West and Central Africa: More than 15 million expected cases of acute malnutrition in 2020

Date: 
July, 2020

15.4 million cases1 of acute malnutrition in children under five years old are expected in 2020 in West and Central Africa one third of them from its most severe form – if adequate measures are not put in place now, warned the United Nations Children’s Funds (UNICEF) and the United Nations World Food Programme (WFP). This represents a 20 per cent increase from earlier estimates, in January 2020, according to an analysis of the combined impact of food insecurity and covid_19 on acute malnutrition in 19 countries of the region.

Conflict and armed violence have led to massive population displacements and drastically limited access to basic social services, leading child malnutrition to increase to unprecedented levels. The coronavirus disease is exacerbating fragile contexts in West and Central Africa, such as in the Sahel region across Burkina Faso, Chad, Mali, Mauritania, Niger and Senegal, which were already stricken with food insecurity and malnutrition. Before the covid_19 pandemic, 4.5 million cases were anticipated to suffer from acute malnutrition in 2020, in these 6 countries. Today, with growing insecurity and covid_19, that number has jumped to almost 5.4 million.

“Children suffering from severe acute malnutrition are at higher risk of covid_19 related complications. Whereas, good nutrition for children, starting from their early days, protects them against illnesses and infections, and supports their recovery when they become ill,” said Marie-Pierre Poirier, UNICEF Regional Director for West and Central Africa. “Ensuring the continuity of preventive and lifesaving health and nutrition services, building shock-responsive social protection systems, protecting livelihoods and supporting families’ access to water, hygiene and healthy food are critical for child survival and long-term development.”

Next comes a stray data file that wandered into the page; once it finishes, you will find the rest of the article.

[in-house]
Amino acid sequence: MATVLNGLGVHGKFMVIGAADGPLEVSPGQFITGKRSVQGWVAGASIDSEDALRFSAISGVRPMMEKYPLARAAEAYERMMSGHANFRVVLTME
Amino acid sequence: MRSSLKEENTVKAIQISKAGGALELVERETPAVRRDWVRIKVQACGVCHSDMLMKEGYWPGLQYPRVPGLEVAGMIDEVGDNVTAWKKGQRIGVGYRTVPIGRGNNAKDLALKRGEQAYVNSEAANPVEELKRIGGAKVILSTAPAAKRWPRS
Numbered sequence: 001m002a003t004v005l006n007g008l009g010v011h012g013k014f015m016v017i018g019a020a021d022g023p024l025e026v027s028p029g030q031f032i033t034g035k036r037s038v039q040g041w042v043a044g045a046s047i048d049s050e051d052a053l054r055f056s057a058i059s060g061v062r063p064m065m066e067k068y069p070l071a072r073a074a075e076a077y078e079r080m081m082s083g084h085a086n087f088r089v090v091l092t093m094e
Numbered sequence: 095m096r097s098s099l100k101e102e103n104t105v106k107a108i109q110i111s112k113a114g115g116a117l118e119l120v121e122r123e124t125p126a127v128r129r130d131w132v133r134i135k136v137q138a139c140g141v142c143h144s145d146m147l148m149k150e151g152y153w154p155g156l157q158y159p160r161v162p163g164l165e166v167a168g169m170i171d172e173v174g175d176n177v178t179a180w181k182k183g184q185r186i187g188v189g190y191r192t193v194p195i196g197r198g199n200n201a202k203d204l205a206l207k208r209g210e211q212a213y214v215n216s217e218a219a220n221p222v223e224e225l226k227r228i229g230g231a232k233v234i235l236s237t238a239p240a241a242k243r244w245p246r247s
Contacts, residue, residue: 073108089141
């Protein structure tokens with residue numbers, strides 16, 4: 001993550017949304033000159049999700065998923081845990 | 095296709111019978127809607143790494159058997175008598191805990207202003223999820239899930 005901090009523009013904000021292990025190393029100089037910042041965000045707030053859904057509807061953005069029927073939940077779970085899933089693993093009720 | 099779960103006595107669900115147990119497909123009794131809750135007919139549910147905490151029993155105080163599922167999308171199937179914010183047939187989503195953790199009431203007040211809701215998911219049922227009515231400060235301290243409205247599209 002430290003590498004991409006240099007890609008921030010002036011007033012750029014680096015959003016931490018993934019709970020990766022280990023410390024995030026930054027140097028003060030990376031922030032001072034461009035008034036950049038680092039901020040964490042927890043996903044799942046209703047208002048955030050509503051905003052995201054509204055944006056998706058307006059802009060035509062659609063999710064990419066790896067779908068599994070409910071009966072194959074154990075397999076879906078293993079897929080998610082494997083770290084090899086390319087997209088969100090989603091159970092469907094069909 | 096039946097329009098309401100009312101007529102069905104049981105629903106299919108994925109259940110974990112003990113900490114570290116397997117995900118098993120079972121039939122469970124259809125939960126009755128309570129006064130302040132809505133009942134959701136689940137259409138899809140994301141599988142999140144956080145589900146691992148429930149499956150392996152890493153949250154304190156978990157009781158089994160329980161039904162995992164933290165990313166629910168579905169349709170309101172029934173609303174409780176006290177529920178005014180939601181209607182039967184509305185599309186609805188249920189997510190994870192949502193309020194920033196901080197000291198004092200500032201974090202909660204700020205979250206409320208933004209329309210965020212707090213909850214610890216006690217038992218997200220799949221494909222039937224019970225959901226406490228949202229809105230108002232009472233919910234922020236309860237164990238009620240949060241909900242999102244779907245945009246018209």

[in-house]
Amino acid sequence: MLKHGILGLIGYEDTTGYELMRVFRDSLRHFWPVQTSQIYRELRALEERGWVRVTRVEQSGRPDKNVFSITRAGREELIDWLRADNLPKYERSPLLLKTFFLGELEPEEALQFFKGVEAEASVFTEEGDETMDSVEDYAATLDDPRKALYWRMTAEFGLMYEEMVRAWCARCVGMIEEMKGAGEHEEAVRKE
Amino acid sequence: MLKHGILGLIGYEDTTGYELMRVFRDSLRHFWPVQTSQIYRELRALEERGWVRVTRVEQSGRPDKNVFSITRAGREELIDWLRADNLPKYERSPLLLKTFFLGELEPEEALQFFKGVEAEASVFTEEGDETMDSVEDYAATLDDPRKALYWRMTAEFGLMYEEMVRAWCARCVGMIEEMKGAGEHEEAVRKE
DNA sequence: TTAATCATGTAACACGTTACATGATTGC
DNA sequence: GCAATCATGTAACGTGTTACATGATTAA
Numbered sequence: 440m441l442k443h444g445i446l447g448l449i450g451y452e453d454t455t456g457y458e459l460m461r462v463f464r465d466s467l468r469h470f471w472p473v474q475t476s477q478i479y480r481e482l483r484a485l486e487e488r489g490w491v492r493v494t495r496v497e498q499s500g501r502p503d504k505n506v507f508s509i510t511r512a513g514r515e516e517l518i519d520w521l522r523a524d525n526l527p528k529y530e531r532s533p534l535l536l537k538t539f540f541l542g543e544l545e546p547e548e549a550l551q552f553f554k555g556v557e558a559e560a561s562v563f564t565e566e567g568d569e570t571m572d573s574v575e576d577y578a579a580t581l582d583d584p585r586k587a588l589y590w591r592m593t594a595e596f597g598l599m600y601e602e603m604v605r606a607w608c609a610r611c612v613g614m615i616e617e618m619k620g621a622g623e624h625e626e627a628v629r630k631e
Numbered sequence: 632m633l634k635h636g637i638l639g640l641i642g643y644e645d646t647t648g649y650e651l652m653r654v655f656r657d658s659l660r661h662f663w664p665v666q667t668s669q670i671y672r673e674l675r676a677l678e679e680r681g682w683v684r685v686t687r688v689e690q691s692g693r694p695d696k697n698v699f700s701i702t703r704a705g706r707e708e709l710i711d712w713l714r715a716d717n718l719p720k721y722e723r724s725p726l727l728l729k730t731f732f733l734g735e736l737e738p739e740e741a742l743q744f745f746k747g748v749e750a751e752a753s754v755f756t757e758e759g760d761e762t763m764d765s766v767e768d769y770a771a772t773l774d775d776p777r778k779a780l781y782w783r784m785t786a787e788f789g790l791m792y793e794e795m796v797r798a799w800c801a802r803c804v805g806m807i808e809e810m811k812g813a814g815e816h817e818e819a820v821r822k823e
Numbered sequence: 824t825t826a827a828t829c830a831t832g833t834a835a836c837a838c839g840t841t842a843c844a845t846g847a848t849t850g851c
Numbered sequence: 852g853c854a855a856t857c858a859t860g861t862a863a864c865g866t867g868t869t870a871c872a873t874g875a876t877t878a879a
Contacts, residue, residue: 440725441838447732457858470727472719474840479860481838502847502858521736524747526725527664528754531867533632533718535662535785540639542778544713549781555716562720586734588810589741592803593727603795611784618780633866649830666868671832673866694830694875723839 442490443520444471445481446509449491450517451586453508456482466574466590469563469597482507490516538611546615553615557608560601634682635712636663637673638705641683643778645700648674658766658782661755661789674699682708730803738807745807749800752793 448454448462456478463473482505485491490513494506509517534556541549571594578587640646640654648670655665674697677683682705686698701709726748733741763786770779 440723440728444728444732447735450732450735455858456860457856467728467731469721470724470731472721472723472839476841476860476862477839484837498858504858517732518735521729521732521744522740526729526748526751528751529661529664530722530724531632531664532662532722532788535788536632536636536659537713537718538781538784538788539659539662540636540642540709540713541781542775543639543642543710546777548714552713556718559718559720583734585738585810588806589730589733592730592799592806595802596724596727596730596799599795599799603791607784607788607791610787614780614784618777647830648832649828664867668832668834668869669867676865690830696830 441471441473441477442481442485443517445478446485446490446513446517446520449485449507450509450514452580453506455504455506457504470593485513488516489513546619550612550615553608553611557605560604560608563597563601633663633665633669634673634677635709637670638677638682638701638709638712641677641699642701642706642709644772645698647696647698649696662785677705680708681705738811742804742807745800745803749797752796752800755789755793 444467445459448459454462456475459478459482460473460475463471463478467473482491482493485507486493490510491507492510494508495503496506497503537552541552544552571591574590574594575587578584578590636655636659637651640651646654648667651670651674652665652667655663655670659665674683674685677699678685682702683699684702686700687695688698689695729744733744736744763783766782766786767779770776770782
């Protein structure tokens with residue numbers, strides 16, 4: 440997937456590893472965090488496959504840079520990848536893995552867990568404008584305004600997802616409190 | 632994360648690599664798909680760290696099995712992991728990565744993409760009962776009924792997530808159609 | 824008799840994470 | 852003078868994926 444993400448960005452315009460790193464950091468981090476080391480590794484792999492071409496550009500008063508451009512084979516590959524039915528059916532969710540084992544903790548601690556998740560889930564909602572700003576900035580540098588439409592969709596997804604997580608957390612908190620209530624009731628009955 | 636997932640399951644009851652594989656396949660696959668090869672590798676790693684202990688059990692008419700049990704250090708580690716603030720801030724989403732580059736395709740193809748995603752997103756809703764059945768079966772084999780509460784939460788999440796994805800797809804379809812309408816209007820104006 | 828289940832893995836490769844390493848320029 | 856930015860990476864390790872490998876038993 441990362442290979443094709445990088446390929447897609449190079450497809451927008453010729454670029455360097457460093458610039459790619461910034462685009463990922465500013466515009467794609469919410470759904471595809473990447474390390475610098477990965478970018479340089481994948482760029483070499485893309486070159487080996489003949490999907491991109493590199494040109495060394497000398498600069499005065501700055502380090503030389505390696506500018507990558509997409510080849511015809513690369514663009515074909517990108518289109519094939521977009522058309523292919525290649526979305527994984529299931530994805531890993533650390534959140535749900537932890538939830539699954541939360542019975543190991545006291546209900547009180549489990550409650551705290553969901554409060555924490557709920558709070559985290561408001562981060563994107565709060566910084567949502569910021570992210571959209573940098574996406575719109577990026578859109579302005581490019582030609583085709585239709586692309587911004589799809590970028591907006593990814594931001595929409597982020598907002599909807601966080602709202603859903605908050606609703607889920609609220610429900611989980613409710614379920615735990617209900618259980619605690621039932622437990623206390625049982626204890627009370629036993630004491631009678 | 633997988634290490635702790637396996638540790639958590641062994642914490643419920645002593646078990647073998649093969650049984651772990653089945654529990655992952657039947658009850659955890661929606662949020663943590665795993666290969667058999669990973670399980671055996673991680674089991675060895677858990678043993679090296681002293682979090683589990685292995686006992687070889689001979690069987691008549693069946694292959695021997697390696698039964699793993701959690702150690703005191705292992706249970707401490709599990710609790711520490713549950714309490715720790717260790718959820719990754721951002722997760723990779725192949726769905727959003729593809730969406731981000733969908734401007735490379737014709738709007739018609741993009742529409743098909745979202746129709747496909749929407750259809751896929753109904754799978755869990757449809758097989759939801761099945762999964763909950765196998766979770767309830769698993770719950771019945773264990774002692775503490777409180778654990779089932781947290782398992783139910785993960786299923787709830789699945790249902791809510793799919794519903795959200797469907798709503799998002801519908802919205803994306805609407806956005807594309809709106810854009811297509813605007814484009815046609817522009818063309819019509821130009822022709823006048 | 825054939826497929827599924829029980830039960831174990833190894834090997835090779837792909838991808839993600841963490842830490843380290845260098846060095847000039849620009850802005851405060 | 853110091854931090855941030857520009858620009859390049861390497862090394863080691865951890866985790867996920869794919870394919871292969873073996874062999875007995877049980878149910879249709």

Several factors threaten the nutritional status of children under five in West and Central Africa. These include household food insecurity, poor maternal nutrition and infant feeding practices, conflicts and armed violence, population displacement, high levels of childhood illnesses and water-borne diseases such as diarrhea, fragile health systems, poor access to clean water and sanitation, and chronic poverty.

Adding to these malnutrition aggravating factors, covid_19 pandemic containment measures have led to disruptions in food production and distribution, in health and humanitarian supply chains, as well as a slowdown of economic activities. The pandemic has had indirect negative impacts on food systems, households’ income and food security, and the provision of treatment against malnutrition. This makes it more difficult for populations to maintain healthy diets, optimal infant and young child feeding practices, and hinders their access to essential nutrition services.

“Thousands of families will be unable to provide their children with the nutritious food needed for their proper growth and development,” said Chris Nikoi, WFP Regional Director for West and Central Africa. “We must work together to improve access to nutritious foods and ensure that there are strong preventive actions that protect children from falling into the vicious trap of malnutrition and sickness.”

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